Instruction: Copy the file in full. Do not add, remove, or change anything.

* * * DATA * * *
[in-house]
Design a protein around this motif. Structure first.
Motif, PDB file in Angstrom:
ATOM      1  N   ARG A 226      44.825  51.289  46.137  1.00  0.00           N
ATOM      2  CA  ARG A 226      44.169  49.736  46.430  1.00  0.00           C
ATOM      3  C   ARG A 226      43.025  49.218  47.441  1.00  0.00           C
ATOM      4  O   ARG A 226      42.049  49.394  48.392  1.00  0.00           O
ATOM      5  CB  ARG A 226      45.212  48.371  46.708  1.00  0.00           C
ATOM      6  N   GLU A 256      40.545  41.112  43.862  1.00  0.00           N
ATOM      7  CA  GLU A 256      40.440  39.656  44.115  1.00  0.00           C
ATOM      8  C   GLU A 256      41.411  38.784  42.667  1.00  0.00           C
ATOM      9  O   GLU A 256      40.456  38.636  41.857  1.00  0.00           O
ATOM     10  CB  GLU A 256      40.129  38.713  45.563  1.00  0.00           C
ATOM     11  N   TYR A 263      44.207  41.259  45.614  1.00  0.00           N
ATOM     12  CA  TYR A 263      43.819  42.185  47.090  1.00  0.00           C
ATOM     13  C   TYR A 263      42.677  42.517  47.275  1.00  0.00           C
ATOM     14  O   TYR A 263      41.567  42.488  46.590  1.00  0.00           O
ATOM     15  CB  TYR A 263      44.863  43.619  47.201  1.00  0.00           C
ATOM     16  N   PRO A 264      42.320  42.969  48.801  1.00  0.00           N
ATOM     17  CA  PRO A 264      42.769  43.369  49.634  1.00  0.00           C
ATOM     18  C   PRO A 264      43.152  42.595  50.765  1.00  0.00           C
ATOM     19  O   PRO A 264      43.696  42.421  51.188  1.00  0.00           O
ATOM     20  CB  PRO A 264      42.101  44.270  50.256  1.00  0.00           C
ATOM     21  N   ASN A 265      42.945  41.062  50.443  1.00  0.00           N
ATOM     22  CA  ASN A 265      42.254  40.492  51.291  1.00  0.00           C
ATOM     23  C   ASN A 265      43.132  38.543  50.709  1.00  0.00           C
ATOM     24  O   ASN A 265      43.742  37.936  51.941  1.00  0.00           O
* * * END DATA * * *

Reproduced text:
[in-house]
Design a protein around this motif. Structure first.
Motif, PDB file in Angstrom:
ATOM      1  N   ARG A 226      44.825  51.289  46.137  1.00  0.00           N
ATOM      2  CA  ARG A 226      44.169  49.736  46.430  1.00  0.00           C
ATOM      3  C   ARG A 226      43.025  49.218  47.441  1.00  0.00           C
ATOM      4  O   ARG A 226      42.049  49.394  48.392  1.00  0.00           O
ATOM      5  CB  ARG A 226      45.212  48.371  46.708  1.00  0.00           C
ATOM      6  N   GLU A 256      40.545  41.112  43.862  1.00  0.00           N
ATOM      7  CA  GLU A 256      40.440  39.656  44.115  1.00  0.00           C
ATOM      8  C   GLU A 256      41.411  38.784  42.667  1.00  0.00           C
ATOM      9  O   GLU A 256      40.456  38.636  41.857  1.00  0.00           O
ATOM     10  CB  GLU A 256      40.129  38.713  45.563  1.00  0.00           C
ATOM     11  N   TYR A 263      44.207  41.259  45.614  1.00  0.00           N
ATOM     12  CA  TYR A 263      43.819  42.185  47.090  1.00  0.00           C
ATOM     13  C   TYR A 263      42.677  42.517  47.275  1.00  0.00           C
ATOM     14  O   TYR A 263      41.567  42.488  46.590  1.00  0.00           O
ATOM     15  CB  TYR A 263      44.863  43.619  47.201  1.00  0.00           C
ATOM     16  N   PRO A 264      42.320  42.969  48.801  1.00  0.00           N
ATOM     17  CA  PRO A 264      42.769  43.369  49.634  1.00  0.00           C
ATOM     18  C   PRO A 264      43.152  42.595  50.765  1.00  0.00           C
ATOM     19  O   PRO A 264      43.696  42.421  51.188  1.00  0.00           O
ATOM     20  CB  PRO A 264      42.101  44.270  50.256  1.00  0.00           C
ATOM     21  N   ASN A 265      42.945  41.062  50.443  1.00  0.00           N
ATOM     22  CA  ASN A 265      42.254  40.492  51.291  1.00  0.00           C
ATOM     23  C   ASN A 265      43.132  38.543  50.709  1.00  0.00           C
ATOM     24  O   ASN A 265      43.742  37.936  51.941  1.00  0.00           O